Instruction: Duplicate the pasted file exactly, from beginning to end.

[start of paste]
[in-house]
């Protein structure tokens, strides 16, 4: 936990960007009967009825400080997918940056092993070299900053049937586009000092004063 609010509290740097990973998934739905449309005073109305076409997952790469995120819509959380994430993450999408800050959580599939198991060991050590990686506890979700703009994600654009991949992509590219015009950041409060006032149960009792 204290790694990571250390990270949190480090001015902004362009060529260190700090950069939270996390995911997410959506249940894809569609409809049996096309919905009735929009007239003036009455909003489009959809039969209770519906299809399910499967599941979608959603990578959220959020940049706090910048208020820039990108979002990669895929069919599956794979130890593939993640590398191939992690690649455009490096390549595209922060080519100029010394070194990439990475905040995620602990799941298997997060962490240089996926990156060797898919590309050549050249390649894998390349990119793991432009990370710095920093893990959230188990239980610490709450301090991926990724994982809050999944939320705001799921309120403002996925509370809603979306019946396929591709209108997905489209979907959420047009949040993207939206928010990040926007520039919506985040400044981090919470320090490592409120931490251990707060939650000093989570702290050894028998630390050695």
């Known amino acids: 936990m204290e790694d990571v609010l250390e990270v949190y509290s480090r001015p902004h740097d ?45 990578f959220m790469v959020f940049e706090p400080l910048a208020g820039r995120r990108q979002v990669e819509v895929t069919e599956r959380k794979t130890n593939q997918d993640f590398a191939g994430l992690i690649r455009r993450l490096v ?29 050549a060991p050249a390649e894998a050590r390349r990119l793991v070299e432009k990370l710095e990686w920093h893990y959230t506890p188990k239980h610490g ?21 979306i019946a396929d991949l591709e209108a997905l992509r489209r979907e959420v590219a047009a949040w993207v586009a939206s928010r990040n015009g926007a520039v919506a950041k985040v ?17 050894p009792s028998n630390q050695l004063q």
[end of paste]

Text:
[in-house]
């Protein structure tokens, strides 16, 4: 936990960007009967009825400080997918940056092993070299900053049937586009000092004063 609010509290740097990973998934739905449309005073109305076409997952790469995120819509959380994430993450999408800050959580599939198991060991050590990686506890979700703009994600654009991949992509590219015009950041409060006032149960009792 204290790694990571250390990270949190480090001015902004362009060529260190700090950069939270996390995911997410959506249940894809569609409809049996096309919905009735929009007239003036009455909003489009959809039969209770519906299809399910499967599941979608959603990578959220959020940049706090910048208020820039990108979002990669895929069919599956794979130890593939993640590398191939992690690649455009490096390549595209922060080519100029010394070194990439990475905040995620602990799941298997997060962490240089996926990156060797898919590309050549050249390649894998390349990119793991432009990370710095920093893990959230188990239980610490709450301090991926990724994982809050999944939320705001799921309120403002996925509370809603979306019946396929591709209108997905489209979907959420047009949040993207939206928010990040926007520039919506985040400044981090919470320090490592409120931490251990707060939650000093989570702290050894028998630390050695």
């Known amino acids: 936990m204290e790694d990571v609010l250390e990270v949190y509290s480090r001015p902004h740097d ?45 990578f959220m790469v959020f940049e706090p400080l910048a208020g820039r995120r990108q979002v990669e819509v895929t069919e599956r959380k794979t130890n593939q997918d993640f590398a191939g994430l992690i690649r455009r993450l490096v ?29 050549a060991p050249a390649e894998a050590r390349r990119l793991v070299e432009k990370l710095e990686w920093h893990y959230t506890p188990k239980h610490g ?21 979306i019946a396929d991949l591709e209108a997905l992509r489209r979907e959420v590219a047009a949040w993207v586009a939206s928010r990040n015009g926007a520039v919506a950041k985040v ?17 050894p009792s028998n630390q050695l004063q």